Jason Kubler: making up for lost time
After years of injury frustration, Jason Kubler arrives in the Australian Open main draw in career-best form – and with a deep appreciation for the opportunity.
Jason Kubler is making up for lost time, enjoying his best performances at age 29 after many frustrating years plagued by injury.
Earning a wildcard into Australian Open 2023 is a fitting reward for the Queenslander, who is coming off a career-best season, and launched his year with impressive runs at the United Cup and Adelaide International.
Wins over world No.27 Daniel Evans (after trailing 5-0 in the second set), and Albert Ramos-Vinolas (ranked 39) at the United Cup helped catapult his own ranking to a career-high No.86.
He backed that up with success in Adelaide, defeating another higher ranked opponent in Argentina’s Tomas Martin Etcheverry.
Kubler last appeared at the Australian Open in 2019, with a combination of factors – including injury – keeping him out of the next 12 majors.
The popular player has defied persistent setbacks to reach a fourth consecutive Grand Slam main draw.
He won matches at both Roland Garros and the US Open last year either side of a brilliant run to the fourth round at Wimbledon.
In typically humble fashion, Kubler thanked Nick Kyrgios over text for giving him the opportunity to play in the recent United Cup, after Kyrgios withdrew from the event the week before.
“I actually messaged him after my match against Evo, [Evans]” Kubler said during the tournament. “I messaged him: ‘thank you so much for the opportunity’. Basically, I hope his body gets better, and we can have a hit before the Australian Open.
“That’s the way I see it. He could have played, and he could have done unbelievably well, like I know we all think he can.
“Fortunately, he gave me the opportunity to play, and I have sort of taken it with both hands and run with it.”
Reflecting on his team experience, Kubler spoke about the growth in his game and his relationships.
“Unbelievable. For me to have two of my best wins here in Australia is really special. But also, off the court it’s been special.
“I got to hang out with all the Australians. Got to get even closer with some of the people I didn’t know as well. But also, strengthen friendships and have the feeling that we have each other’s backs.”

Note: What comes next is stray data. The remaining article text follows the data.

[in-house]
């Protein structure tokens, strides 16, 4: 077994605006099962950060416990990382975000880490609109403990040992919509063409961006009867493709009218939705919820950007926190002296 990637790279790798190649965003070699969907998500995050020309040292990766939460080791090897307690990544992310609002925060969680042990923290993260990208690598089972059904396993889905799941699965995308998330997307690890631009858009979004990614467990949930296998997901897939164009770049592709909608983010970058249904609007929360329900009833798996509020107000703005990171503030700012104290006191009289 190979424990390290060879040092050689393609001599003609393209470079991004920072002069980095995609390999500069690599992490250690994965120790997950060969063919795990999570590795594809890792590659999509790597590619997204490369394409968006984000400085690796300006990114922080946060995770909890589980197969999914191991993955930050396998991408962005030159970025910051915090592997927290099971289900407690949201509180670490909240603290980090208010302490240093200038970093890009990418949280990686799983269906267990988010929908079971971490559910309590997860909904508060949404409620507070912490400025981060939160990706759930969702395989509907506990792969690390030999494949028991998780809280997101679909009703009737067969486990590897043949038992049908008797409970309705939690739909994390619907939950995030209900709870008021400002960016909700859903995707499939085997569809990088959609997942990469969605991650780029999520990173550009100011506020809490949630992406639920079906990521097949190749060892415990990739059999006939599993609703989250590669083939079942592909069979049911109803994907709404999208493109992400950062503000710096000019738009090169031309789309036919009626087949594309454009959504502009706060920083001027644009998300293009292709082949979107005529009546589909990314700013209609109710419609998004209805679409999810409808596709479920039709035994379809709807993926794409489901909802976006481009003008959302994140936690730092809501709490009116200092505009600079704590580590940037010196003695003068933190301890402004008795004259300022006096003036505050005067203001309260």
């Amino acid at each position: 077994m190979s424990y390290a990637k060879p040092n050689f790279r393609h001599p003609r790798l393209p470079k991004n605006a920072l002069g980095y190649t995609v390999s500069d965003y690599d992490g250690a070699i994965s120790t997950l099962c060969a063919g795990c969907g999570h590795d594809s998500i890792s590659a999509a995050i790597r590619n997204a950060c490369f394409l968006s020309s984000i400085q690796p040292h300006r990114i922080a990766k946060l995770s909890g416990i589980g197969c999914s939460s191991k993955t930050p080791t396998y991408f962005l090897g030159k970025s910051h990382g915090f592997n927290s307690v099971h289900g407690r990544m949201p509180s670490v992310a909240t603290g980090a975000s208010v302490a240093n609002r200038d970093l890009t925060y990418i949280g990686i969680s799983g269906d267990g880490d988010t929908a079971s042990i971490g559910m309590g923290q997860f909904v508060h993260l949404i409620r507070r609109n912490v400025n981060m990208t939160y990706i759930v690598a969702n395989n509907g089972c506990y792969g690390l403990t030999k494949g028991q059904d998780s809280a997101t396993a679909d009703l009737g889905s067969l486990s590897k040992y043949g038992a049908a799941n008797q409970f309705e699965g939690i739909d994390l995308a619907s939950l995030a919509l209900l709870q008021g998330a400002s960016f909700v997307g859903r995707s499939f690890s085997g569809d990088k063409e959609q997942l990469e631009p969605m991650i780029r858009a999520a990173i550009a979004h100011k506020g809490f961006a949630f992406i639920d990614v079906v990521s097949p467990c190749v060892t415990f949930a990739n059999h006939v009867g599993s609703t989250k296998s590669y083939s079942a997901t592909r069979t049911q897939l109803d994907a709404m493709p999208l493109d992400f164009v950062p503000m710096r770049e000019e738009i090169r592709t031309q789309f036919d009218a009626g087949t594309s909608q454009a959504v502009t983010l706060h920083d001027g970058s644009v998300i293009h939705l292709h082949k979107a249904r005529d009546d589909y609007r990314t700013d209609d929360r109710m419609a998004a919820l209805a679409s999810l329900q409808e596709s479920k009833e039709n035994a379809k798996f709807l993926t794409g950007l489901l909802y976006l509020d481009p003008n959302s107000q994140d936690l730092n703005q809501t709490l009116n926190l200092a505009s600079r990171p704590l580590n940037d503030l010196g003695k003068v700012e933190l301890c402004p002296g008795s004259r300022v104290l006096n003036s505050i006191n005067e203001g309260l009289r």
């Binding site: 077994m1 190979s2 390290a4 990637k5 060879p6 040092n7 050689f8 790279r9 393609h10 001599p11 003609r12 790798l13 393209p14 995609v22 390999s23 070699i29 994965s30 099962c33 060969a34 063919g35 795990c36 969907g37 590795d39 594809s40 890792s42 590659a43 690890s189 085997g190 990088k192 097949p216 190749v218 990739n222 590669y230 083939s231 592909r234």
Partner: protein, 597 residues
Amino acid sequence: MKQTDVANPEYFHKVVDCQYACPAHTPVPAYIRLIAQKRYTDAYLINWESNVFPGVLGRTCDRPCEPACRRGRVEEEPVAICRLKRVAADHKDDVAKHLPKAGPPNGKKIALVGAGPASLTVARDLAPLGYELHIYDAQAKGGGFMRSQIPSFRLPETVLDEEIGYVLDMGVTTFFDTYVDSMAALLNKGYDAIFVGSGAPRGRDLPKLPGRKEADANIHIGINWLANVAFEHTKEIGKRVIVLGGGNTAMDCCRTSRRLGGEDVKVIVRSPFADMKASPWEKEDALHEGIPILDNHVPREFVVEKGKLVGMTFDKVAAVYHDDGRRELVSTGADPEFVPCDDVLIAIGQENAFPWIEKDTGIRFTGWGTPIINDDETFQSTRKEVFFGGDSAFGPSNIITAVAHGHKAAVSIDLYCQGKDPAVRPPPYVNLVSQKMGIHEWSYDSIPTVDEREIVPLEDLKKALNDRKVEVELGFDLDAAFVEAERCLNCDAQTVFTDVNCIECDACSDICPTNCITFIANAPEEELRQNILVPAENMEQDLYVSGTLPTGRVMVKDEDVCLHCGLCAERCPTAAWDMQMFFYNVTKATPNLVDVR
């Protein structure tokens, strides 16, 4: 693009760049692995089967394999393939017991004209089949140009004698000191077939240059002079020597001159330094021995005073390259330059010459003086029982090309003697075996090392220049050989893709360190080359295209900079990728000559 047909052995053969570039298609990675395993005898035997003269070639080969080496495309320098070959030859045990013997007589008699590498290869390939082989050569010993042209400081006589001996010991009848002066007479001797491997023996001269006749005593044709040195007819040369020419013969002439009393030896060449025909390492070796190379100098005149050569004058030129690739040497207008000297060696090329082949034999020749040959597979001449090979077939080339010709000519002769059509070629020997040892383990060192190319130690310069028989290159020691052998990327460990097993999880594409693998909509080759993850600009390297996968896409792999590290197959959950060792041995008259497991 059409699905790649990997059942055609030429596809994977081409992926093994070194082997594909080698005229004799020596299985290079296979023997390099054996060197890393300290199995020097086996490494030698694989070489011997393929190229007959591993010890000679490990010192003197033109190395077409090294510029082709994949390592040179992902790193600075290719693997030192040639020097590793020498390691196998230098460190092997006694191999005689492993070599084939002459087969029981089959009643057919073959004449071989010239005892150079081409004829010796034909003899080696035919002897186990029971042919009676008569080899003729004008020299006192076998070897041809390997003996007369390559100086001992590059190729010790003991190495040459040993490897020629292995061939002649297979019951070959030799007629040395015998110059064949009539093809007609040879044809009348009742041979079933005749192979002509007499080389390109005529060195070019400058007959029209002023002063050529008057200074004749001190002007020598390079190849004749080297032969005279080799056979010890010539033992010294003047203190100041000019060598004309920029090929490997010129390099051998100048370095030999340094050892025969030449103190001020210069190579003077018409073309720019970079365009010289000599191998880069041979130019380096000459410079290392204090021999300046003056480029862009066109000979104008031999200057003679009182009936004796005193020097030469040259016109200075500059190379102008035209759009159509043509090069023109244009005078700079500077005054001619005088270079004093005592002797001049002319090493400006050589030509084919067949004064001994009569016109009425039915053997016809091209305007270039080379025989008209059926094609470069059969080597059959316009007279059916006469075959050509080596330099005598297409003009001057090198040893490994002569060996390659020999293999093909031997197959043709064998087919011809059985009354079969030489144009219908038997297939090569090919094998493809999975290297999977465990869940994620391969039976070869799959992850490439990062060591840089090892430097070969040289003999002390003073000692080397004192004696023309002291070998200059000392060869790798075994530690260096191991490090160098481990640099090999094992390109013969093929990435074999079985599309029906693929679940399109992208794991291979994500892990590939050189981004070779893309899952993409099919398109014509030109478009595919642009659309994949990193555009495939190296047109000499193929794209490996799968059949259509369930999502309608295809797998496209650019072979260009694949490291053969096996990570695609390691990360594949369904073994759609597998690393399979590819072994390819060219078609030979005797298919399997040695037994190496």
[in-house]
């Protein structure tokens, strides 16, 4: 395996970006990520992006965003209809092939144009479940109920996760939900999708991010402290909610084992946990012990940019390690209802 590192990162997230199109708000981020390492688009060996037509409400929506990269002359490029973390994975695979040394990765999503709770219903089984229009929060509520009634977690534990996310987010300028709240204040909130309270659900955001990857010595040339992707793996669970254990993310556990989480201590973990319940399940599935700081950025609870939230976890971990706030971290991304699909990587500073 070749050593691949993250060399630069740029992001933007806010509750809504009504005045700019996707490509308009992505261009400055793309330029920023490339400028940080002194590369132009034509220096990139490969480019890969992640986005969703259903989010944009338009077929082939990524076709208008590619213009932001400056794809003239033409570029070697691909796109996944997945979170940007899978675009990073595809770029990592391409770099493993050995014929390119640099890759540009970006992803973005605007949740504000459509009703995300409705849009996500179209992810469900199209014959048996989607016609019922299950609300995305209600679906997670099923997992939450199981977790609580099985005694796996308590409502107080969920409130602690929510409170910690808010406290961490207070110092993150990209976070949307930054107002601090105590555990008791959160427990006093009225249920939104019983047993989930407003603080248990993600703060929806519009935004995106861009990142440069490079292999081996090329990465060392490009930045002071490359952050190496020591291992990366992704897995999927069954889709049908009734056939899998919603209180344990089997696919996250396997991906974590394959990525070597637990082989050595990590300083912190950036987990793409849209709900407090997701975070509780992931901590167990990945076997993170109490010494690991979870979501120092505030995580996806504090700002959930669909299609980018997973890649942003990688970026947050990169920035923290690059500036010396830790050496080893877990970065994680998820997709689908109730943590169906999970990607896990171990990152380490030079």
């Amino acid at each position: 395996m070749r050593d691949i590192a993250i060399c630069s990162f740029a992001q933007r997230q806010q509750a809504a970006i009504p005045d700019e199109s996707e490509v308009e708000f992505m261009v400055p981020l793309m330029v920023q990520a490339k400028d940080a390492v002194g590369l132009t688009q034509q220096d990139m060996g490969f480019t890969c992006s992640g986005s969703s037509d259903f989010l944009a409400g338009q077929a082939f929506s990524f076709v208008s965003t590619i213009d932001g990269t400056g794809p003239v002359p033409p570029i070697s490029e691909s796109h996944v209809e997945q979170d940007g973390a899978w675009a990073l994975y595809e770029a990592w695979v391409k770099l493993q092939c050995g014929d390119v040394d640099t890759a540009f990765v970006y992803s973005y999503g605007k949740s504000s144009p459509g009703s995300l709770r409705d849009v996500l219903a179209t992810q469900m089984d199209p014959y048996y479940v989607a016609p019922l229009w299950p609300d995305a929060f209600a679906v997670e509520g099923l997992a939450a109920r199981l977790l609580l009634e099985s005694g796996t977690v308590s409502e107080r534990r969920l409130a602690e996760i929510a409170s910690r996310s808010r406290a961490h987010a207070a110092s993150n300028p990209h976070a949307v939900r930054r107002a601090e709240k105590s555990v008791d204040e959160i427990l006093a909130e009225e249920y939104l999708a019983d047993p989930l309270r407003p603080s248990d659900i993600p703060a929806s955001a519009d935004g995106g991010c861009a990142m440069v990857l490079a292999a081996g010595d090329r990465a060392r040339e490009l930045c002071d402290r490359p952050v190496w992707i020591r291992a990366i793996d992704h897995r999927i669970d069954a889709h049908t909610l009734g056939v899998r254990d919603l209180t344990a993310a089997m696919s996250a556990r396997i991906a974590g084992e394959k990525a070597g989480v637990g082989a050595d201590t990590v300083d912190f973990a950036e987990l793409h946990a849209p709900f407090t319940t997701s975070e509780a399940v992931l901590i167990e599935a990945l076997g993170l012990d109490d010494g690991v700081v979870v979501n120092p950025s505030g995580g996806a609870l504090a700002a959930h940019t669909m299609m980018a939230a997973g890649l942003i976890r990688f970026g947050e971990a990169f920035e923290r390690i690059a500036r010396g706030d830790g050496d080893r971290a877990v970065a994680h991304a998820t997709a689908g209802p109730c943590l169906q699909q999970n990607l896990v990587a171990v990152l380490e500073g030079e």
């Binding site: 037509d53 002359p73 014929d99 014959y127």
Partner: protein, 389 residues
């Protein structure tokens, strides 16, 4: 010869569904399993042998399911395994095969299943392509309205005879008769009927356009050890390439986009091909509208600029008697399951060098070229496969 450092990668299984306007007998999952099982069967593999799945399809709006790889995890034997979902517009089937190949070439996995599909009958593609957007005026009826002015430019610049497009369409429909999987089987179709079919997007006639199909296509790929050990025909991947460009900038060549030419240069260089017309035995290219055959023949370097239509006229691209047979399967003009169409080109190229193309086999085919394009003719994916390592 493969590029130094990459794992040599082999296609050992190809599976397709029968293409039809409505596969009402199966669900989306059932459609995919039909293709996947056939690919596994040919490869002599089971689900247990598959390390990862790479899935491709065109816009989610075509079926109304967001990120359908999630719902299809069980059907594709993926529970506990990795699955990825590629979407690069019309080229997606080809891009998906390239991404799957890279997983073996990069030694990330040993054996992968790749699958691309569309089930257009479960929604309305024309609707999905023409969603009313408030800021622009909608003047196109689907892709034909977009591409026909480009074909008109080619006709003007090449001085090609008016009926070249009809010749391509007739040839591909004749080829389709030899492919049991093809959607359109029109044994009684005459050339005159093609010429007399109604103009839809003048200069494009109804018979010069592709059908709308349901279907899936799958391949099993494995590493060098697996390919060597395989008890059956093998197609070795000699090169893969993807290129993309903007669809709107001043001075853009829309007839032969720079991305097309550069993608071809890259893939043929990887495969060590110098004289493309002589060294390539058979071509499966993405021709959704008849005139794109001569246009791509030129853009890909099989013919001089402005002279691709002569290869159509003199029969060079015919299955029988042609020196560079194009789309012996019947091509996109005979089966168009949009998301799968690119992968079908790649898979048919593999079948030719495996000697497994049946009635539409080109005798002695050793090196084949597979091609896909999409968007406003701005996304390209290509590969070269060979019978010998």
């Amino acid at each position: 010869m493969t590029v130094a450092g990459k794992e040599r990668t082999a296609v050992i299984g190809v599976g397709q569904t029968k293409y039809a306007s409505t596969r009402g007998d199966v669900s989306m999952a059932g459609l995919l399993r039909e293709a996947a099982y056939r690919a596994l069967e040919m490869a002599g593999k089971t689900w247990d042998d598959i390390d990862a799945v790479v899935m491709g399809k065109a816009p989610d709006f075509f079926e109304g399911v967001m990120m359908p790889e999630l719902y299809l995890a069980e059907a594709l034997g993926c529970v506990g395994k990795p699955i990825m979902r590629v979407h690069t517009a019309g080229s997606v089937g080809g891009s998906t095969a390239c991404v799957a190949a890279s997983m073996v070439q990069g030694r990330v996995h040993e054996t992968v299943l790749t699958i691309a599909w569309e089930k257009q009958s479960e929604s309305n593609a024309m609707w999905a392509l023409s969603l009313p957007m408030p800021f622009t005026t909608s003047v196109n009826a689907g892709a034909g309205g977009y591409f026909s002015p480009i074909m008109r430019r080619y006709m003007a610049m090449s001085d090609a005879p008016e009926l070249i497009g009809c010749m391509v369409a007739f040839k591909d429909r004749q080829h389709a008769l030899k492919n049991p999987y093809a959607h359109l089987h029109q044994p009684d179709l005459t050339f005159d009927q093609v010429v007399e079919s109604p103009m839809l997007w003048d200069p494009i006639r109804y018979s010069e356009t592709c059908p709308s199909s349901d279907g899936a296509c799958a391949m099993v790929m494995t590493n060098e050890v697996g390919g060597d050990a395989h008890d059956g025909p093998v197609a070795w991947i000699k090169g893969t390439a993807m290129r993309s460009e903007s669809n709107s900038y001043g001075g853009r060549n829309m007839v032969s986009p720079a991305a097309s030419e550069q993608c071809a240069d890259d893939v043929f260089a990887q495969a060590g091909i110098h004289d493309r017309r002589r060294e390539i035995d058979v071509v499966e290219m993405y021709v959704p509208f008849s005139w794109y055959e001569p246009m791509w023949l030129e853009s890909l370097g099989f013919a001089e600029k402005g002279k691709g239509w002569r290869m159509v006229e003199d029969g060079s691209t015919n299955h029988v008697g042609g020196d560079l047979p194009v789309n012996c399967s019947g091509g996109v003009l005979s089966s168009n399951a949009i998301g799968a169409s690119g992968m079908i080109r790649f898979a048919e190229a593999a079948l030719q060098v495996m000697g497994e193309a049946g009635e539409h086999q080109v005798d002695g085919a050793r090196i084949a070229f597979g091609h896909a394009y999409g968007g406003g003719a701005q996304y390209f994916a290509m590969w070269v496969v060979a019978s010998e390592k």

Kubler is confident his foray into the top 100 can spark long-term success, and he is keen to go further.
“I’m very happy that I’m able to start this year with momentum and sort of how I was playing towards the middle to the end of last year,” he said.
He has battled through multiple knee surgeries, dating back to when he was 14, and at one point was instructed by doctors not to play on hard courts.
The injury run at majors goes back to 2011 with the Australian repeatedly having to fight his way back to fitness. He ended an eight-year slam drought in 2018 with an appearance at the Australian Open and Wimbledon as well as a first-round victory at the US Open.
That US Open campaign once again ended with injury, but Kubler fought on, re-entering the Grand Slam circuit with his Roland Garros debut last year.
Victory in the opening round was a significant milestone for a player who has always been quite adept on clay.
Kubler worked with former Wimbledon men’s doubles champion Stephen Huss during the middle stages of 2022, and Huss was delighted to see the Australian’s confidence growing in London.
“The confidence starts with the extra work and professionalism he has been doing and showing,” he said.
“The goal is to continue his growth. Jason’s best tennis is still ahead of him, and he is working towards that.”
Huss spoke about the need for Kubler to be always conscious of his body, given his history of injuries, and make sure he listens to the signs.
“His body and health need to be a priority through planning and periodisation. He is making better decisions with his schedule and planning ahead.
“Success is impossible without health, so he is prioritising that. He is building a more resilient body and giving it a rest when it needs it regardless of circumstance.”
Between March and August of 2022, Kubler went 42-11 across four different surfaces, with a 9-4 record against players in the top 100.
His own ranking has improved from world No.203 to No.81 in that time. The 72 matches he played in 2022 were the most he had played in a single season at any level since 2014.
Last summer, in a sign of things to come for both players, Kubler combined with fellow Australian Jamiee Fourlis to reach the mixed doubles final at Melbourne Park.
If sport eventually gives you what you deserve, we will see plenty more of the popular Jason Kubler at the highest level.
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